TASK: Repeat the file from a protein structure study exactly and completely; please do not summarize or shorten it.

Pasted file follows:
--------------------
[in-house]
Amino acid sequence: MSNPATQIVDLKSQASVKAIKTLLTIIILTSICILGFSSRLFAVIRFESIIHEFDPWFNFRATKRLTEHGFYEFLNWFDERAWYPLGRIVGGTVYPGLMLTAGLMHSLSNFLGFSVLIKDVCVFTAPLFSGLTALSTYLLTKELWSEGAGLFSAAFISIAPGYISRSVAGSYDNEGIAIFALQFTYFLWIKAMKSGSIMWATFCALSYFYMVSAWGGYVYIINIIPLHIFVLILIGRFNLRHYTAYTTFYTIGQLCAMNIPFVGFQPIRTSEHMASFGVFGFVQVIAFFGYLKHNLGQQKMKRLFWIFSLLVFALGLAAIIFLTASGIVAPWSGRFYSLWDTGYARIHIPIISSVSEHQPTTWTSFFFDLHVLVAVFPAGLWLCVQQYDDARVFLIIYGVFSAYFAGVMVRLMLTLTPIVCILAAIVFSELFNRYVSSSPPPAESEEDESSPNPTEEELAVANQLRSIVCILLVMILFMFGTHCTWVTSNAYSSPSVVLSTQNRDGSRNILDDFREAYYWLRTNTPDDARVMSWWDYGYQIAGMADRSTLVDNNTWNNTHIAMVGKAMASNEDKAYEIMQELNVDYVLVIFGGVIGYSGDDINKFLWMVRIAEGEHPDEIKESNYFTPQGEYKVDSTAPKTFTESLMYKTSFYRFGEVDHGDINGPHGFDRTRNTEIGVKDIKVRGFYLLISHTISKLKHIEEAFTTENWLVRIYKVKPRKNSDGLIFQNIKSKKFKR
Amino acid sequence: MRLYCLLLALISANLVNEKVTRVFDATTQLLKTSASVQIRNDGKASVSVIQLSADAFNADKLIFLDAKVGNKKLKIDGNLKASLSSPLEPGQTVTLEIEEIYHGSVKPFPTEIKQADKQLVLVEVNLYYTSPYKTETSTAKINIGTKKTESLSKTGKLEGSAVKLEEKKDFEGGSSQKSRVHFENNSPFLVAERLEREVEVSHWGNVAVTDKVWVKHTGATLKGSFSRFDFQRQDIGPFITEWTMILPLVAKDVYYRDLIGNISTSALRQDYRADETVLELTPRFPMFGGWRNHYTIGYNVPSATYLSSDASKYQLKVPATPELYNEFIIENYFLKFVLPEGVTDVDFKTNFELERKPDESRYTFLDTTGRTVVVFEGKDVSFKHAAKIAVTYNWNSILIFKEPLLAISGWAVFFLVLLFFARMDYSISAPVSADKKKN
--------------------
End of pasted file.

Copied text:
[in-house]
Amino acid sequence: MSNPATQIVDLKSQASVKAIKTLLTIIILTSICILGFSSRLFAVIRFESIIHEFDPWFNFRATKRLTEHGFYEFLNWFDERAWYPLGRIVGGTVYPGLMLTAGLMHSLSNFLGFSVLIKDVCVFTAPLFSGLTALSTYLLTKELWSEGAGLFSAAFISIAPGYISRSVAGSYDNEGIAIFALQFTYFLWIKAMKSGSIMWATFCALSYFYMVSAWGGYVYIINIIPLHIFVLILIGRFNLRHYTAYTTFYTIGQLCAMNIPFVGFQPIRTSEHMASFGVFGFVQVIAFFGYLKHNLGQQKMKRLFWIFSLLVFALGLAAIIFLTASGIVAPWSGRFYSLWDTGYARIHIPIISSVSEHQPTTWTSFFFDLHVLVAVFPAGLWLCVQQYDDARVFLIIYGVFSAYFAGVMVRLMLTLTPIVCILAAIVFSELFNRYVSSSPPPAESEEDESSPNPTEEELAVANQLRSIVCILLVMILFMFGTHCTWVTSNAYSSPSVVLSTQNRDGSRNILDDFREAYYWLRTNTPDDARVMSWWDYGYQIAGMADRSTLVDNNTWNNTHIAMVGKAMASNEDKAYEIMQELNVDYVLVIFGGVIGYSGDDINKFLWMVRIAEGEHPDEIKESNYFTPQGEYKVDSTAPKTFTESLMYKTSFYRFGEVDHGDINGPHGFDRTRNTEIGVKDIKVRGFYLLISHTISKLKHIEEAFTTENWLVRIYKVKPRKNSDGLIFQNIKSKKFKR
Amino acid sequence: MRLYCLLLALISANLVNEKVTRVFDATTQLLKTSASVQIRNDGKASVSVIQLSADAFNADKLIFLDAKVGNKKLKIDGNLKASLSSPLEPGQTVTLEIEEIYHGSVKPFPTEIKQADKQLVLVEVNLYYTSPYKTETSTAKINIGTKKTESLSKTGKLEGSAVKLEEKKDFEGGSSQKSRVHFENNSPFLVAERLEREVEVSHWGNVAVTDKVWVKHTGATLKGSFSRFDFQRQDIGPFITEWTMILPLVAKDVYYRDLIGNISTSALRQDYRADETVLELTPRFPMFGGWRNHYTIGYNVPSATYLSSDASKYQLKVPATPELYNEFIIENYFLKFVLPEGVTDVDFKTNFELERKPDESRYTFLDTTGRTVVVFEGKDVSFKHAAKIAVTYNWNSILIFKEPLLAISGWAVFFLVLLFFARMDYSISAPVSADKKKN